By Mike Sullivan, WBZ-TV
BOSTON - Millions of Americans are waiting patiently to see when the federal government will forgive $10,000 to $20,000 in federal student loan debt. For people in 13 states, that relief may come at a cost.
"It would be an ordinary income tax potentially," explains Mark Scribner, Private CFO and Managing Director at Oxygen Financial, "They are still trying to work through the language on the federal side to see if that is actually applicable to Massachusetts residents."
Massachusetts is one of the states that may place an income tax on the debt forgiveness. People are eligible for federal loan forgiveness if they make under $125,000 as an individual, or $250,000 if filing as a couple.
As it stands right now, $10,000 would amount to about $500 in Massachusetts state taxes. Hawaiians face the steepest tax charge at $1,100 for $10,000.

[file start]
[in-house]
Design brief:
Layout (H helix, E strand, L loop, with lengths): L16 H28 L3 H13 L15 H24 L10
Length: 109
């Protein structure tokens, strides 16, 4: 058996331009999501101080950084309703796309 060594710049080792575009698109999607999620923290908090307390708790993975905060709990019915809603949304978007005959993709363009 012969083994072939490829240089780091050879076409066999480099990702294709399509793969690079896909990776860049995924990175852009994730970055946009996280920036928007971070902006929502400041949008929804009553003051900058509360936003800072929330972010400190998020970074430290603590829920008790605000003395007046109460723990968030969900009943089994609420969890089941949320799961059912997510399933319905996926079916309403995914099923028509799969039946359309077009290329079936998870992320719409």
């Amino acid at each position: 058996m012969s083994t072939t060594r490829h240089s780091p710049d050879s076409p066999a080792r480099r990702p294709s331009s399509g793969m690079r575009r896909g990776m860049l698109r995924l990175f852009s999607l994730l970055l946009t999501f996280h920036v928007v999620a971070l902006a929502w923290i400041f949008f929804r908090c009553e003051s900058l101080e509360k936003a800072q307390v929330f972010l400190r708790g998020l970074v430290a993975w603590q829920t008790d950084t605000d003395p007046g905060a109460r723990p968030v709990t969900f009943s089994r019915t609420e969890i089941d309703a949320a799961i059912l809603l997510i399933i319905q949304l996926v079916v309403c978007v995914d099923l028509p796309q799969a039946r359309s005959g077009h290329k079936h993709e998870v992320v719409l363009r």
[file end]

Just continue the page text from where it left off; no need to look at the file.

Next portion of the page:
Local legislators are working on a plan to address the issues.
"Governor Charlie Baker, a couple of days ago, said they are trying to get the language from the Heroes Act to figure out if it's a taxable event," added Scribner, "We are waiting for guidelines from Massachusetts if there is going to be an additional form or something in someone's tax return."
If relief does come, Scribner suggested people hold off spending their newfound savings. He encourages people to use the money to pay off any remaining debts.
"I'm sure we will hear some stories of people taking that dream vacation on the extra money and spend craze," said Scribner, "Create a budget, list out the debts, and try to put the highest interest rates at the top, and develop a plan."
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